Over the next few years, tremors of protest were sparked by the Occupy Nigeria movement whose ranks were made up of many of the people currently in the ruling party. Subsequently, under the regime of Major General Muhammadu Buhari (retired), protests were organized such as #OurMumudondoCoalition of civil society activists together the epic #EndSARS eruptions against police brutality with national and international reverberations. The protests under the current administration are notable because the ruling party has this time been more intolerant of civil protests than some previous governments who understood that protests are not a blight on democracy but a essential of it.

It should be noted that protests, even demonstrations, when they involve whole groups and sections of citizens, are examples of what scholars have called “nation-building from below”. This is because they project the image of another country more united in outrage than the one that exists in its old ways. Protests do not always come from below but can take the form of defensive radicalism, to use Professor Claude Ake’s term, in which an enlightened ruling elite preserves the system by enacting reforms that obviate the need for direct change and revolutionaries. Two historical examples are the English ruling class frantically reforming the system to avoid its version of the French Revolution that had broken out across the Channel. The second is the German leader, Otto von Bismarck, who introduced extensive social legislation in his country to upstage the socialists and roll back the advance of socialism.

Structurally, wise elites do not wait for their countries to be invaded by mass protests. They use remote sensing capabilities to measure people’s temperament and pulse to introduce desired and needed reforms. It was heart-warming, for example, when Senate Speaker Ahmad Lawan shrewdly insisted that the rate of inflation and poverty was such that it would be unwise to remove fuel subsidies, because that would aggravate the misery of Nigerians. However, shortly after the government appropriately suspended the policy for 18 months, a section of the elite who profit from the oil import business threw a spoke in the wheel by triggering a fuel crisis allegedly linked to the contaminated fuel supply. The crisis persists and life has become even more difficult than Lawan expected. Disturbingly, very little is said even as a form of consolation by the responsible authorities while those who started the fire are probably laughing at the banks. No one has offered to quit and no one has been sidelined to thwart an announced policy by the government and deepen the misery of Nigerians seeking fuel amid an unfolding electricity crisis alongside generally hot and humid weather.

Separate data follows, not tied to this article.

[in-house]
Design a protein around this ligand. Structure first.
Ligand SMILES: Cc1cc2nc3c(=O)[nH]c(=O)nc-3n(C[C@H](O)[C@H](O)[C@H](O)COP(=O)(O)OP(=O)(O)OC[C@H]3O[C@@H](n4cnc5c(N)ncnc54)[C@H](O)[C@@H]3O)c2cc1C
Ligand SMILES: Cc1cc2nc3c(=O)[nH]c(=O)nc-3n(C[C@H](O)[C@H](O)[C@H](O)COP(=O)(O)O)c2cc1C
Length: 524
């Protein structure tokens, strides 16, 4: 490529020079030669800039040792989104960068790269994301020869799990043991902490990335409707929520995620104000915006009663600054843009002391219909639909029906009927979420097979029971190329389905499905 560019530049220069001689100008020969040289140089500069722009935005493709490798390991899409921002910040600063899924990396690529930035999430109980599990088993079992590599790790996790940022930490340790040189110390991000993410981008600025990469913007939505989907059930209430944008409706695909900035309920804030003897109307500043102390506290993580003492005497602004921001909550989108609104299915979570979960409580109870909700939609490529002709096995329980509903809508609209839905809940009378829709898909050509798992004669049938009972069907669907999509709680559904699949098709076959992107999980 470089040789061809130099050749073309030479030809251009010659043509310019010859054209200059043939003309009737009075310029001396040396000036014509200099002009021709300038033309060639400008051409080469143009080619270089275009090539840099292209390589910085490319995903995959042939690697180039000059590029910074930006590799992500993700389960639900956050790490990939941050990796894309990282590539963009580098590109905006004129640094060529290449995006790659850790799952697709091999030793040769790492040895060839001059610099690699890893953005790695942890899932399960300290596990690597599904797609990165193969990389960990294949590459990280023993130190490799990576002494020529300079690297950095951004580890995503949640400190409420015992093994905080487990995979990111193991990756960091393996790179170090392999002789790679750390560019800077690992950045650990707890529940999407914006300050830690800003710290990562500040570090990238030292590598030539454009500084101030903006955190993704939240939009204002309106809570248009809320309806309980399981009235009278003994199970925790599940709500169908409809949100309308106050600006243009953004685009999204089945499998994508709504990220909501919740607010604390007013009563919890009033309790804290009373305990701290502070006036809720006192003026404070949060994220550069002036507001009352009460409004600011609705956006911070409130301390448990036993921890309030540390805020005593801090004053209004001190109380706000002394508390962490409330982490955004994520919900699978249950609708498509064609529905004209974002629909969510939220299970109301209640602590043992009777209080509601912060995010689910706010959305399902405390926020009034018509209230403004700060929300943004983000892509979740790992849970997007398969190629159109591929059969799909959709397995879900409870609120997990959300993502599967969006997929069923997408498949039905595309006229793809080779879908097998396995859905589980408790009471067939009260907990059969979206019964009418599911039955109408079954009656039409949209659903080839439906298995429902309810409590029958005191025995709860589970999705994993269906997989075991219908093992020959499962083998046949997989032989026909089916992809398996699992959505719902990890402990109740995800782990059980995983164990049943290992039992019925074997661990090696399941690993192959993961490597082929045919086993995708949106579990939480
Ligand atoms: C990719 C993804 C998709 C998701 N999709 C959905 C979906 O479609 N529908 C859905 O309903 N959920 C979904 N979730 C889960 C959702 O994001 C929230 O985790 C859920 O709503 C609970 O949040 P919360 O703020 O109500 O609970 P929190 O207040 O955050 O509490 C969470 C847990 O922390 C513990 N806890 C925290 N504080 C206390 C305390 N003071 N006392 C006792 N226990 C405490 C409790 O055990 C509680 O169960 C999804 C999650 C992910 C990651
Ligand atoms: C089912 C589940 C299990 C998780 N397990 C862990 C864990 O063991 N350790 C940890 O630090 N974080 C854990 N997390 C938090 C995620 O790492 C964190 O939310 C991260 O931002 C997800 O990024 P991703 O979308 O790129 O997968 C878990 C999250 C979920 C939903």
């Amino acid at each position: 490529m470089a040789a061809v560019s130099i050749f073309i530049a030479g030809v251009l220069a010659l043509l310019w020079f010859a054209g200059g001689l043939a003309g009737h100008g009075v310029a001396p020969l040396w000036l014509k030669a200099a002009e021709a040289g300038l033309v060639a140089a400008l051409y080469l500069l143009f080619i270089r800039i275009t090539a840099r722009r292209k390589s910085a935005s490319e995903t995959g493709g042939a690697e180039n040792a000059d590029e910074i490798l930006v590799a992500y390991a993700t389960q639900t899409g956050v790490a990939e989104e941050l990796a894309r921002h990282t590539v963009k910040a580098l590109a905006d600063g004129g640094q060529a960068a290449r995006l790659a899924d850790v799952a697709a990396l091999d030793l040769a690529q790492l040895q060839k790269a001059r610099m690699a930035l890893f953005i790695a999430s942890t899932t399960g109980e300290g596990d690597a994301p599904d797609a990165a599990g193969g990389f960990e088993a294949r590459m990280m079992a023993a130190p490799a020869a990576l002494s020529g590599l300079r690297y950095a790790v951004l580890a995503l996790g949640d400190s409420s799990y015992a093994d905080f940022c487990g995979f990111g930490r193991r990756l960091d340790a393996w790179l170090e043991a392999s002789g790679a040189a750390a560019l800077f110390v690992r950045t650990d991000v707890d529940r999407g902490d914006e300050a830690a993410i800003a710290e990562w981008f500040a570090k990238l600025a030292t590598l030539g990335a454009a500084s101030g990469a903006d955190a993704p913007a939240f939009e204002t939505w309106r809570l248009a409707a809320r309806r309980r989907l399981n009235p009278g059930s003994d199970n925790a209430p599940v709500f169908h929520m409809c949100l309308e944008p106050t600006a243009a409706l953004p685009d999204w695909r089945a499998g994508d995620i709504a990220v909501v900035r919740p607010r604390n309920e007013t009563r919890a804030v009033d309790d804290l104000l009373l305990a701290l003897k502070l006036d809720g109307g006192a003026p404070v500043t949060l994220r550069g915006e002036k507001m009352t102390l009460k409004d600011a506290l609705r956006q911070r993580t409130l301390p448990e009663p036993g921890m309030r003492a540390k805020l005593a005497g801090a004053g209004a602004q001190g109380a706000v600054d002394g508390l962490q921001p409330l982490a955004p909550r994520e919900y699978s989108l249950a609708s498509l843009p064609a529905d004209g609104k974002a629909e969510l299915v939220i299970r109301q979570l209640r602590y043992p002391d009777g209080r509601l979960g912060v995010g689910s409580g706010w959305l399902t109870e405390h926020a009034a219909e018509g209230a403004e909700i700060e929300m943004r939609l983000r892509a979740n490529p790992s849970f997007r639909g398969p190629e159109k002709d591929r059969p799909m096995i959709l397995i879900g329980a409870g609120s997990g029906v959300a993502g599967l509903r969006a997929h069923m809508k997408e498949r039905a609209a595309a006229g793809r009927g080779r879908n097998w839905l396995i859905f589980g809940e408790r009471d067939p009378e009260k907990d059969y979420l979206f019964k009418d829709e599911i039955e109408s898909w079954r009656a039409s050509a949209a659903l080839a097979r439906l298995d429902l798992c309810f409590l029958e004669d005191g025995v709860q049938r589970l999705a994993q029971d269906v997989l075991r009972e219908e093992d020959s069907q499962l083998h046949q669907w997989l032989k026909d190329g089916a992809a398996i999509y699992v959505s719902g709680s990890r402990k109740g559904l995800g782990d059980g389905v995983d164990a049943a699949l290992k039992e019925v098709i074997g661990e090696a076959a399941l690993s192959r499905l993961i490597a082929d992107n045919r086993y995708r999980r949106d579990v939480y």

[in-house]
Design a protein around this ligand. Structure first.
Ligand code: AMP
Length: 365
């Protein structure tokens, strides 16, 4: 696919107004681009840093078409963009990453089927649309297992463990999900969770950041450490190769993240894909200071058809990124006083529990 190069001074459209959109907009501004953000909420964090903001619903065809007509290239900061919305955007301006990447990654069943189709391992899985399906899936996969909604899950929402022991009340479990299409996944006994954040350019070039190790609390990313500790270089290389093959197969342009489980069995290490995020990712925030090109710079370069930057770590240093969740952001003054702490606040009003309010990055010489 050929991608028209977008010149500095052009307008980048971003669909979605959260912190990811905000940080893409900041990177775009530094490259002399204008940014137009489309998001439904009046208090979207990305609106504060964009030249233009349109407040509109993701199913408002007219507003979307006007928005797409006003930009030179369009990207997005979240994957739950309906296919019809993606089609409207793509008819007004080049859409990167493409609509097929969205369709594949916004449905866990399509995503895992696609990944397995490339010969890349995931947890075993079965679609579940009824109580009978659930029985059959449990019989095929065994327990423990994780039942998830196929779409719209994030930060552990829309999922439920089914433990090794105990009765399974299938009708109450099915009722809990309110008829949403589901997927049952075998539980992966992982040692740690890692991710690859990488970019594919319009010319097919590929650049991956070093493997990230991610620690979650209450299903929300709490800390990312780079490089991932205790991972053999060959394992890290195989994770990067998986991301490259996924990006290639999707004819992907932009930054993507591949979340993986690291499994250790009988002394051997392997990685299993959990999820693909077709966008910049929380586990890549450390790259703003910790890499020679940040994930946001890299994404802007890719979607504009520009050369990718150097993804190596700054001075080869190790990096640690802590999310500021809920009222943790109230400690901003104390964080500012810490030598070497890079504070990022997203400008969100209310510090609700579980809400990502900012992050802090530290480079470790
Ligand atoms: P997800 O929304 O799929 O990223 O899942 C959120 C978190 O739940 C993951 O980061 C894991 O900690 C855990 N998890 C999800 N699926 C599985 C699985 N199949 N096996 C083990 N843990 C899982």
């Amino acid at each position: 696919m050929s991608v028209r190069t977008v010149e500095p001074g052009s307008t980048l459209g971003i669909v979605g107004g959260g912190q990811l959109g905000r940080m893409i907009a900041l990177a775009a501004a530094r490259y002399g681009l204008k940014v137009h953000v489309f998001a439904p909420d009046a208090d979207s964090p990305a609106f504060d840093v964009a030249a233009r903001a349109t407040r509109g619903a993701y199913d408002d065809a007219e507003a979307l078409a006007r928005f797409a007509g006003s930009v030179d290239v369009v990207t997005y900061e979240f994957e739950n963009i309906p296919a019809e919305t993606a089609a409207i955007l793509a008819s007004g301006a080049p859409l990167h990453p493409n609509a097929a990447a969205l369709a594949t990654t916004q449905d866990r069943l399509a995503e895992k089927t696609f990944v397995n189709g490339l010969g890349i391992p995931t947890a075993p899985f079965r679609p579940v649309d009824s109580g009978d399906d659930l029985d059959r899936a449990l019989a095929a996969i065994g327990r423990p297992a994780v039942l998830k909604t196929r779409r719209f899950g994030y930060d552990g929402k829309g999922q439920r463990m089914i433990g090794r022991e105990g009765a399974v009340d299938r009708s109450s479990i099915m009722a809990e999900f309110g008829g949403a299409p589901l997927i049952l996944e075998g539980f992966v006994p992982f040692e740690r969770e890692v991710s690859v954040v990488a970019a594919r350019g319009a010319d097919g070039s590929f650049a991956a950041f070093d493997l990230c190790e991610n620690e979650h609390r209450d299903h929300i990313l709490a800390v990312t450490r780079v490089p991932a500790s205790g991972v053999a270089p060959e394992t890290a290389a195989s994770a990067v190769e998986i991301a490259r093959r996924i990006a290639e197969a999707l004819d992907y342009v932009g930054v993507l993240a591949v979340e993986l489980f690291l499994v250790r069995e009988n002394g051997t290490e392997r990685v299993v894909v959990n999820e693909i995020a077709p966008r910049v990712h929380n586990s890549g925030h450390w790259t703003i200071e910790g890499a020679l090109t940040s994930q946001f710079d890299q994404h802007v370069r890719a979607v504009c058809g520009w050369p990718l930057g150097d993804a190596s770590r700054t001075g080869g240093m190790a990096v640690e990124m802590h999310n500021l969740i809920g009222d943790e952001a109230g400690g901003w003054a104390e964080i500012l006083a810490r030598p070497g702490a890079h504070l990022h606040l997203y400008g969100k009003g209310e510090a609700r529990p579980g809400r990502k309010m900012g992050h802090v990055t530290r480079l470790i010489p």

Silence in these circumstances cannot be golden. In the tradition of progressive political change, it is desirable that steps be taken to show that the misfortunes and sufferings of Nigerians are strong and visible enough for the deaf and blind to take heed.

In conclusion, the protests creatively extend the national conversation and deepen democracy. Given the turmoil often associated with them, far-sighted leaders anticipate them by making the desired changes and acutely perceiving the political barometer.